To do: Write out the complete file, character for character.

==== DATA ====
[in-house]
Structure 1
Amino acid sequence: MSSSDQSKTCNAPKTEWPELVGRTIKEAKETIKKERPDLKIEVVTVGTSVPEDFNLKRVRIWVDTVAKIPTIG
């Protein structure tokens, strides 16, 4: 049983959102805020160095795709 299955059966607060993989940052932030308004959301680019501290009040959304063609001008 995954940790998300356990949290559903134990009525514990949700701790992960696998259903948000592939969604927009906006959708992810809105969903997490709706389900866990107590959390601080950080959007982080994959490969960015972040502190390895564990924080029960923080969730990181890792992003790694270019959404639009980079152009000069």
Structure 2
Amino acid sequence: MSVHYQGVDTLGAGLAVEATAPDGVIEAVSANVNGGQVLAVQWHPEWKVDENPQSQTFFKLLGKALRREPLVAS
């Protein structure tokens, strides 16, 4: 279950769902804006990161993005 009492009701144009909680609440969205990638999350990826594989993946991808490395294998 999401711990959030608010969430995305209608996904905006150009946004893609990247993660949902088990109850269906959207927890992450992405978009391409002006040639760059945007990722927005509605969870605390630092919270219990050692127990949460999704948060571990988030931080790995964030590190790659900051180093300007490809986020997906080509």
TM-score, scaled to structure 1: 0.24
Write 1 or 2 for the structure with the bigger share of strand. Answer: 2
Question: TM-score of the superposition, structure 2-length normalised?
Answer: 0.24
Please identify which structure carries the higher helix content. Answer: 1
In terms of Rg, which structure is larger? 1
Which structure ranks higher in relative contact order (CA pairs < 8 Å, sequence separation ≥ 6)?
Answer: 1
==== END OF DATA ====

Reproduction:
[in-house]
Structure 1
Amino acid sequence: MSSSDQSKTCNAPKTEWPELVGRTIKEAKETIKKERPDLKIEVVTVGTSVPEDFNLKRVRIWVDTVAKIPTIG
């Protein structure tokens, strides 16, 4: 049983959102805020160095795709 299955059966607060993989940052932030308004959301680019501290009040959304063609001008 995954940790998300356990949290559903134990009525514990949700701790992960696998259903948000592939969604927009906006959708992810809105969903997490709706389900866990107590959390601080950080959007982080994959490969960015972040502190390895564990924080029960923080969730990181890792992003790694270019959404639009980079152009000069």
Structure 2
Amino acid sequence: MSVHYQGVDTLGAGLAVEATAPDGVIEAVSANVNGGQVLAVQWHPEWKVDENPQSQTFFKLLGKALRREPLVAS
């Protein structure tokens, strides 16, 4: 279950769902804006990161993005 009492009701144009909680609440969205990638999350990826594989993946991808490395294998 999401711990959030608010969430995305209608996904905006150009946004893609990247993660949902088990109850269906959207927890992450992405978009391409002006040639760059945007990722927005509605969870605390630092919270219990050692127990949460999704948060571990988030931080790995964030590190790659900051180093300007490809986020997906080509």
TM-score, scaled to structure 1: 0.24
Write 1 or 2 for the structure with the bigger share of strand. Answer: 2
Question: TM-score of the superposition, structure 2-length normalised?
Answer: 0.24
Please identify which structure carries the higher helix content. Answer: 1
In terms of Rg, which structure is larger? 1
Which structure ranks higher in relative contact order (CA pairs < 8 Å, sequence separation ≥ 6)?
Answer: 1